Cervix cancer vaccine may be ineffective
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|Tue, 12-09-2008 - 11:05am|
Cervix cancer vaccine may be ineffective, say scientists
BERLIN -- Findings by several German scientists suggest there is insufficient proof that the vaccine against cervical cancer is effective.
Thirteen researchers at the Public Health Institute at the University of Bielefeld have urged the German Standing Vaccination Committee, which advises the German government on vaccination practices, to re-examine the vaccination against human papilloma virus.
The researchers found that the results of different studies contradicted many optimistic, official findings.
The researchers made the plea in a joint statement.
“I would like to read a serious publication that claims cervical cancer has been reduced in any country due to the vaccination,” says Professor Martina Doeren of Berlin’s Charite Hospital.
Doeren is one of the researchers who signed the statement questioning the vaccine’s effectiveness and said there was a “huge discrepancy” between the results of scientific studies and hitherto-published figures.
Doeren says she wishes the claims made on behalf of the vaccine were true, but at present there is no evidence to confirm them.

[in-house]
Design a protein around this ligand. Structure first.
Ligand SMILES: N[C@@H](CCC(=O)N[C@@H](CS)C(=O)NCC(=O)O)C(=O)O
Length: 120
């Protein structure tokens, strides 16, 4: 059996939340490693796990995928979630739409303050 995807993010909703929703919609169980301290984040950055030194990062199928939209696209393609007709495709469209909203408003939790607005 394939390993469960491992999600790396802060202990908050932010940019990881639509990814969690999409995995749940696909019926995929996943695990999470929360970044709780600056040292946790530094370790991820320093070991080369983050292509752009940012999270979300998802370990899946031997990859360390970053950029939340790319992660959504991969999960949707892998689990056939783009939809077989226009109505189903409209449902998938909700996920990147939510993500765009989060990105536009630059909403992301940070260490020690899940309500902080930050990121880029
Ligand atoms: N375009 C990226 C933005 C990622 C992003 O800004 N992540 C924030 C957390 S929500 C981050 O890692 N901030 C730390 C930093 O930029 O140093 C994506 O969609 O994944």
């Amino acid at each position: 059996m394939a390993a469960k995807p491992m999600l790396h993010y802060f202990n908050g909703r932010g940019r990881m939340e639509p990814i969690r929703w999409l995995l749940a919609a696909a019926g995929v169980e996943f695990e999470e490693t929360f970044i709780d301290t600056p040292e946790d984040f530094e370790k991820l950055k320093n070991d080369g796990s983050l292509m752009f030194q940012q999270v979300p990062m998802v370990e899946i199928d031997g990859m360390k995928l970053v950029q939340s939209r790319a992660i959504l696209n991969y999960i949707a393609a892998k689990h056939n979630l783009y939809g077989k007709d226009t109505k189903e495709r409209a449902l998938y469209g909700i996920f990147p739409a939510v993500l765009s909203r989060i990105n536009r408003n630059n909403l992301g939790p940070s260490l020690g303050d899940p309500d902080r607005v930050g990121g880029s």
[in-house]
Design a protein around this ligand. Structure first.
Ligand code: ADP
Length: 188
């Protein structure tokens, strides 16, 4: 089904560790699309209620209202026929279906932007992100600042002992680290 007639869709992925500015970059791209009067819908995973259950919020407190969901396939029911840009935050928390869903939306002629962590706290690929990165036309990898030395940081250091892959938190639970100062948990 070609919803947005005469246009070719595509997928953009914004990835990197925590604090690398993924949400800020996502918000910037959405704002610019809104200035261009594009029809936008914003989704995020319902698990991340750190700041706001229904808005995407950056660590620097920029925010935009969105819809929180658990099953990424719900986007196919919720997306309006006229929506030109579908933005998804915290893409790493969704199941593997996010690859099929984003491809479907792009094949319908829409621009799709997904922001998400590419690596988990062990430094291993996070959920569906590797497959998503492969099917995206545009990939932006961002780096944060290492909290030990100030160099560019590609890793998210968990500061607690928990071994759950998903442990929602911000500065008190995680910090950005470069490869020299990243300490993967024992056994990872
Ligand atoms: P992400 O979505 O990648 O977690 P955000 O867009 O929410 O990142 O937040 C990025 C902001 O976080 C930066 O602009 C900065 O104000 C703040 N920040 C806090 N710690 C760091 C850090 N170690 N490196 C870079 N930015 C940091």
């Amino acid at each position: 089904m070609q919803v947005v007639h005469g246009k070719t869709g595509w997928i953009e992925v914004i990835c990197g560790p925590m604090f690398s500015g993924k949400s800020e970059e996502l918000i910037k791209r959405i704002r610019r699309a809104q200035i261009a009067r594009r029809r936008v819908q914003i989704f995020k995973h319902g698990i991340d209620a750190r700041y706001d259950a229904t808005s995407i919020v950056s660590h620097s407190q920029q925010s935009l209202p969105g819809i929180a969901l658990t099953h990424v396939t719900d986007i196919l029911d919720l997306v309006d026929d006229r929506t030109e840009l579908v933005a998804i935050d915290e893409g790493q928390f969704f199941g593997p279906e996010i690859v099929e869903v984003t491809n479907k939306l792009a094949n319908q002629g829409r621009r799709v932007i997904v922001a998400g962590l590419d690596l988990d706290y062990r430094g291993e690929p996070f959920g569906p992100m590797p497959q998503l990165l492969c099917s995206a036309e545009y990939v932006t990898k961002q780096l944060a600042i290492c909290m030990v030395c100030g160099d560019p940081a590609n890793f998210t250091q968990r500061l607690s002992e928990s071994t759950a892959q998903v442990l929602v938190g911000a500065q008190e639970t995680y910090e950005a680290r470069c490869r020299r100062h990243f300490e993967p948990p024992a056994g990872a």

The researchers have criticized the Standing Vaccination Committee’s advice that girls between the ages of 12 and 17 should receive the vaccination.
“There is only evidence to show the vaccine can prevent the preliminary stages of cervical cancer in girls between 15 and 17 but not in the 12 to 14 age group,” according to the statement.
But in response to the researchers’ request for more exact data, manufacturers of the vaccine said the data was only available to scientists who were directly involved with their analysis.
Doeren has also criticized the cost of providing the vaccine to the public. The lack of evidence did not justify the several hundred million dollars it costs to provide the drug, she said and suggested the vaccine was part of a marketing campaign putting enormous pressure on women.
The virus that causes cervical cancer is spread during sexual intercourse. However, there is hardly any attempt to make men aware of the issue, said Doeren.